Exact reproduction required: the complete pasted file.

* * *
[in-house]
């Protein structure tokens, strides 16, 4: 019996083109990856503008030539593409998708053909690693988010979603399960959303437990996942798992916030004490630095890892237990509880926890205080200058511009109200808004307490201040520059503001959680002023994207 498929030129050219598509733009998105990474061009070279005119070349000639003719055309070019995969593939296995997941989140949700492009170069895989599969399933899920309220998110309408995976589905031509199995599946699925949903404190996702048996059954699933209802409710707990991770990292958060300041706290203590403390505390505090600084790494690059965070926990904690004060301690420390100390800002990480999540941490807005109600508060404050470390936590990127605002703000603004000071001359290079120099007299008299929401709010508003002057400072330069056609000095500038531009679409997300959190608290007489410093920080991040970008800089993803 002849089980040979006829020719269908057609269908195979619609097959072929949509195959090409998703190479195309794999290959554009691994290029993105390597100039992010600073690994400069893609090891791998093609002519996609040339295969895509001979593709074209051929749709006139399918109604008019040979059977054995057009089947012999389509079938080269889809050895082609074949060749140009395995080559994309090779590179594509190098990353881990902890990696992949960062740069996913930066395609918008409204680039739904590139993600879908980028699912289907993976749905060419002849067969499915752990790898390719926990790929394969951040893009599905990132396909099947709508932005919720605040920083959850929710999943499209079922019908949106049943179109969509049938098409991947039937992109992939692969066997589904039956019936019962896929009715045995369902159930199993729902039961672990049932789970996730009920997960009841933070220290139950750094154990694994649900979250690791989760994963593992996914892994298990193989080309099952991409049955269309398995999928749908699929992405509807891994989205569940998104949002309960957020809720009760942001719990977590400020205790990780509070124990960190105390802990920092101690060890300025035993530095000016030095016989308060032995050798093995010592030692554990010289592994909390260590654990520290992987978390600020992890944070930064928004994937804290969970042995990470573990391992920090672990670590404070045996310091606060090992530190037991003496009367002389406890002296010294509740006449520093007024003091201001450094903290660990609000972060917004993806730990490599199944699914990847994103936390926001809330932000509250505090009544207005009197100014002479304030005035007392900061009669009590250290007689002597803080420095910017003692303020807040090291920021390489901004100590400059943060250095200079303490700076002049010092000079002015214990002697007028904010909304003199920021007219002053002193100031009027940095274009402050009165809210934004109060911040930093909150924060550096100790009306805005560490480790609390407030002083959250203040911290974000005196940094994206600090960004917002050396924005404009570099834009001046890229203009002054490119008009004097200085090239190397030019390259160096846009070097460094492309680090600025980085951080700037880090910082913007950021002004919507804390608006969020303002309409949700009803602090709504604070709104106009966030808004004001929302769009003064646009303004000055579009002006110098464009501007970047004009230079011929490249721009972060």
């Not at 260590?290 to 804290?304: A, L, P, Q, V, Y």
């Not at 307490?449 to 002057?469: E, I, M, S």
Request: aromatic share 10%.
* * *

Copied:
[in-house]
């Protein structure tokens, strides 16, 4: 019996083109990856503008030539593409998708053909690693988010979603399960959303437990996942798992916030004490630095890892237990509880926890205080200058511009109200808004307490201040520059503001959680002023994207 498929030129050219598509733009998105990474061009070279005119070349000639003719055309070019995969593939296995997941989140949700492009170069895989599969399933899920309220998110309408995976589905031509199995599946699925949903404190996702048996059954699933209802409710707990991770990292958060300041706290203590403390505390505090600084790494690059965070926990904690004060301690420390100390800002990480999540941490807005109600508060404050470390936590990127605002703000603004000071001359290079120099007299008299929401709010508003002057400072330069056609000095500038531009679409997300959190608290007489410093920080991040970008800089993803 002849089980040979006829020719269908057609269908195979619609097959072929949509195959090409998703190479195309794999290959554009691994290029993105390597100039992010600073690994400069893609090891791998093609002519996609040339295969895509001979593709074209051929749709006139399918109604008019040979059977054995057009089947012999389509079938080269889809050895082609074949060749140009395995080559994309090779590179594509190098990353881990902890990696992949960062740069996913930066395609918008409204680039739904590139993600879908980028699912289907993976749905060419002849067969499915752990790898390719926990790929394969951040893009599905990132396909099947709508932005919720605040920083959850929710999943499209079922019908949106049943179109969509049938098409991947039937992109992939692969066997589904039956019936019962896929009715045995369902159930199993729902039961672990049932789970996730009920997960009841933070220290139950750094154990694994649900979250690791989760994963593992996914892994298990193989080309099952991409049955269309398995999928749908699929992405509807891994989205569940998104949002309960957020809720009760942001719990977590400020205790990780509070124990960190105390802990920092101690060890300025035993530095000016030095016989308060032995050798093995010592030692554990010289592994909390260590654990520290992987978390600020992890944070930064928004994937804290969970042995990470573990391992920090672990670590404070045996310091606060090992530190037991003496009367002389406890002296010294509740006449520093007024003091201001450094903290660990609000972060917004993806730990490599199944699914990847994103936390926001809330932000509250505090009544207005009197100014002479304030005035007392900061009669009590250290007689002597803080420095910017003692303020807040090291920021390489901004100590400059943060250095200079303490700076002049010092000079002015214990002697007028904010909304003199920021007219002053002193100031009027940095274009402050009165809210934004109060911040930093909150924060550096100790009306805005560490480790609390407030002083959250203040911290974000005196940094994206600090960004917002050396924005404009570099834009001046890229203009002054490119008009004097200085090239190397030019390259160096846009070097460094492309680090600025980085951080700037880090910082913007950021002004919507804390608006969020303002309409949700009803602090709504604070709104106009966030808004004001929302769009003064646009303004000055579009002006110098464009501007970047004009230079011929490249721009972060």
């Not at 260590?290 to 804290?304: A, L, P, Q, V, Y």
């Not at 307490?449 to 002057?469: E, I, M, S």
Request: aromatic share 10%.